Tenth anniversary of Marikana massacre highlights psychological, emotional impact on families

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A remembrance cross made of flowers is seen during a of the 2012 Marikana massacre.
A remembrance cross made of flowers is seen during a of the 2012 Marikana massacre.
Felix Dlangamandla/Foto24/Gallo Images/Getty Image
  • The University of Johannesburg commemorated the 10th anniversary of the Marikana massacre. 
  • SERI's Nomzamo Zondo said the families had lost breadwinners and wanted an apology from the government. 
  • The families also want those involved to be arrested, prosecuted and convicted. 

Tuesday will mark a decade since 34 Lonmin mineworkers were killed when police opened fire during a wage strike - and, for most of the families, the trauma of August 2012 has had a psychological and emotional impact.

Ten people, including Lonmin mine security guards and police officers, died in the days leading to the massacre.

Speaking at a Marikana commemorative event, titled 'Respect & Retrospect' - hosted by the University of Johannesburg's Centre for Social Change - Nomzamo Zondo, of the Socio-Economic Rights Institute (SERI), said immediate and extended families had lost breadwinners.

Zondo said the families had been asking for the criminal justice system to be effective; they want those involved to be arrested, prosecuted and convicted.  

READ | 'He never sets foot in Marikana': Miners' widows want apology from Ramaphosa

She added: "The families have said they want someone to apologise to them. They want an apology."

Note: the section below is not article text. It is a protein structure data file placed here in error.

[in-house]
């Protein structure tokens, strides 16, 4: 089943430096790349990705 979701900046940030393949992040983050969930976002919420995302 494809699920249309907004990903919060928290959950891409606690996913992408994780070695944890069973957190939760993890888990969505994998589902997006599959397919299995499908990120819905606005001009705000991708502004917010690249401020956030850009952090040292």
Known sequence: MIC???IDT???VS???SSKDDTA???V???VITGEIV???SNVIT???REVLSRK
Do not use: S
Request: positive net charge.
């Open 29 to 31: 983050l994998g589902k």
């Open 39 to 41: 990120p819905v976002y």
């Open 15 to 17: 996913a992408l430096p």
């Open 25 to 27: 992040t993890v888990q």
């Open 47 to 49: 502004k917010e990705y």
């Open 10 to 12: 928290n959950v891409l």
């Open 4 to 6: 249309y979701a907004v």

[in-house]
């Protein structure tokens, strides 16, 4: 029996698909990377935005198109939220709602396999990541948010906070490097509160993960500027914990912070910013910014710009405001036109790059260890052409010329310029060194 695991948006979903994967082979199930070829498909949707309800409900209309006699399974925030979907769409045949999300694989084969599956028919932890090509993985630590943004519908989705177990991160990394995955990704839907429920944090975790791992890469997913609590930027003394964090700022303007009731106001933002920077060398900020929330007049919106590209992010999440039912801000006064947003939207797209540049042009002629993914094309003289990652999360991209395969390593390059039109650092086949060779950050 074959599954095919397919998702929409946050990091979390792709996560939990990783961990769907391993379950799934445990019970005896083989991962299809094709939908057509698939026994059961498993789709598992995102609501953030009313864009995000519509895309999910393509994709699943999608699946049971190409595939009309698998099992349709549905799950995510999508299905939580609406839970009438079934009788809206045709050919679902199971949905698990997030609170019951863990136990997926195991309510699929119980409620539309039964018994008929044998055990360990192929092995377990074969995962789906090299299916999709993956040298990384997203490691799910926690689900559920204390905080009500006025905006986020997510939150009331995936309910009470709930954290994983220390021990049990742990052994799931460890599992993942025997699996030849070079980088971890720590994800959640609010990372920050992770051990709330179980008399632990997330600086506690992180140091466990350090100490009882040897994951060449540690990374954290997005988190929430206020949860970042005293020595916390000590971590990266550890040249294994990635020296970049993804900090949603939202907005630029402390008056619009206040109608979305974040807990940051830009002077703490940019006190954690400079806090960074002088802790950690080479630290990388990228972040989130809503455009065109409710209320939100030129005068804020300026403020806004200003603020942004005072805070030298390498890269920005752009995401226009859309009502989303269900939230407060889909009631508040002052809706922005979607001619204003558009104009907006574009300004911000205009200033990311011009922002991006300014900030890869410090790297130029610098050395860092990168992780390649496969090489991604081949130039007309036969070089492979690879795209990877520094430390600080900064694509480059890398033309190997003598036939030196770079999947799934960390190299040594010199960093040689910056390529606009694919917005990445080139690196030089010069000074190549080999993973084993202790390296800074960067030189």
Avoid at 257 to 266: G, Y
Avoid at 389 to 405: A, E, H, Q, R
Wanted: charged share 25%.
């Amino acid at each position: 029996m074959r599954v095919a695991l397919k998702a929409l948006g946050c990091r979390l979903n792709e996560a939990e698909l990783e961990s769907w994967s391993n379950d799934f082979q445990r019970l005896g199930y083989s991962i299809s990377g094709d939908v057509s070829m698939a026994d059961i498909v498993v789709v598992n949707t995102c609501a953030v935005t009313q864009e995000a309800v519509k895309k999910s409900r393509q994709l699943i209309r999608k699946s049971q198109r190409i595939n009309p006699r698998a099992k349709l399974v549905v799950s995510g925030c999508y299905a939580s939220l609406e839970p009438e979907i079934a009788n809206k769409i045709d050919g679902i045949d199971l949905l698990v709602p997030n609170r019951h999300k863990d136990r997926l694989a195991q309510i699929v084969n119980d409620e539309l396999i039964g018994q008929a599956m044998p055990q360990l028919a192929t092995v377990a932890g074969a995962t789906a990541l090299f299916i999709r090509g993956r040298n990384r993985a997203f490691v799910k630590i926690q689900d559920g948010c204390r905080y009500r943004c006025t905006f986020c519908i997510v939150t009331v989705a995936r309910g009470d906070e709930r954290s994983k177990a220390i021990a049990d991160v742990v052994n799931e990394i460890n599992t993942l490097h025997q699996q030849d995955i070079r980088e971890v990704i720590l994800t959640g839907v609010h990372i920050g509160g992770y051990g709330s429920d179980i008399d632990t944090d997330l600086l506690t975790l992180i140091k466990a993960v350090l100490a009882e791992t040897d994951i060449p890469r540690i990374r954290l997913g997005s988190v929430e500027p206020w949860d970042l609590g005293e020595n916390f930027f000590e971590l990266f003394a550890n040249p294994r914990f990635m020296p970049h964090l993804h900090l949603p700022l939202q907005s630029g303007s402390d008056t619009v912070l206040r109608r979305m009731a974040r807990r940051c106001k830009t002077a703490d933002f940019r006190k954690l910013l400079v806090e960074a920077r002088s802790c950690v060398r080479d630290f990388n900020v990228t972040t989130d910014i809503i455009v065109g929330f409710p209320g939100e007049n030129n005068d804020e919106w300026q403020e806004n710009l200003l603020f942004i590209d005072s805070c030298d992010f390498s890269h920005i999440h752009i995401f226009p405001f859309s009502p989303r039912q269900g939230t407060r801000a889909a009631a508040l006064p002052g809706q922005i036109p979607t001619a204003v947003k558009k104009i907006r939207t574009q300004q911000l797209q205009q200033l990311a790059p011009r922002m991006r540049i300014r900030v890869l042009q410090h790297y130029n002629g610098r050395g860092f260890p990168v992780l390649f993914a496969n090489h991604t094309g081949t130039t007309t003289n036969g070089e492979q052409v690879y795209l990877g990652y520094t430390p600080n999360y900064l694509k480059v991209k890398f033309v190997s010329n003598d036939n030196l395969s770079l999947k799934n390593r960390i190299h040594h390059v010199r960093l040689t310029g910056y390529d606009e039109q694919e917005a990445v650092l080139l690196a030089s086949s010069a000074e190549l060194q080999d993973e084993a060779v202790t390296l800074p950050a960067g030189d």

Zondo said that, following the massacre, a baby of one of the families was stillborn - and, in two other families, two of their loved ones had committed suicide.

She said 10 people were killed before the massacre; no one from the state had apologised or even updated them daily about the prosecution of those responsible.

"… and most importantly, for most families, there has been no compensation," she said.

Last year, the solicitor-general, Fhedzisani Pandelani, told a briefing that the government had settled to the tune of R69 083 005 million, which had been "paid and payment has been confirmed".  

He said SERI instituted 36 claims against the government on behalf of families who had lost loved ones.

Last week, Pandelani said that, by the end of August, the government would have paid compensation to the 24 remaining claimants. 

Meanwhile, James Nichol, who represented the families at the Farlam Commission, described the commission as the "most hostile commission for working class and ordinary people I've ever been involved in".

Speaking at the university event, Nichol said: "The widows and the people who came from the Eastern Cape were referred to by judge [Ian] Farlam as being uneducated..." 

It was "not surprising" that Farlam concluded in his findings "that the tragic events that occurred during the period 12 to 16 August 2012 originated from the decision and conduct of the strikers in embarking on an unprotected strike and in enforcing the strike by violence and intimidation, using dangerous weapons for the purpose". 

Nichol said what was "astonishing" at the commission was that no one who fired shots was brought before the commission, adding that this was an "utter disgrace". 

READ | Life after Marikana – no accountability, no apology, no justice

Nichol said the commission should have concluded that what happened from 10 to 16 August 2012 originated from "a conspiracy between Lonmin and the state to crush the mineworkers and put profit before the living wage that the mineworkers were entitled to". 

Lonmin was bought by Sibanye-Stillwater in 2019.

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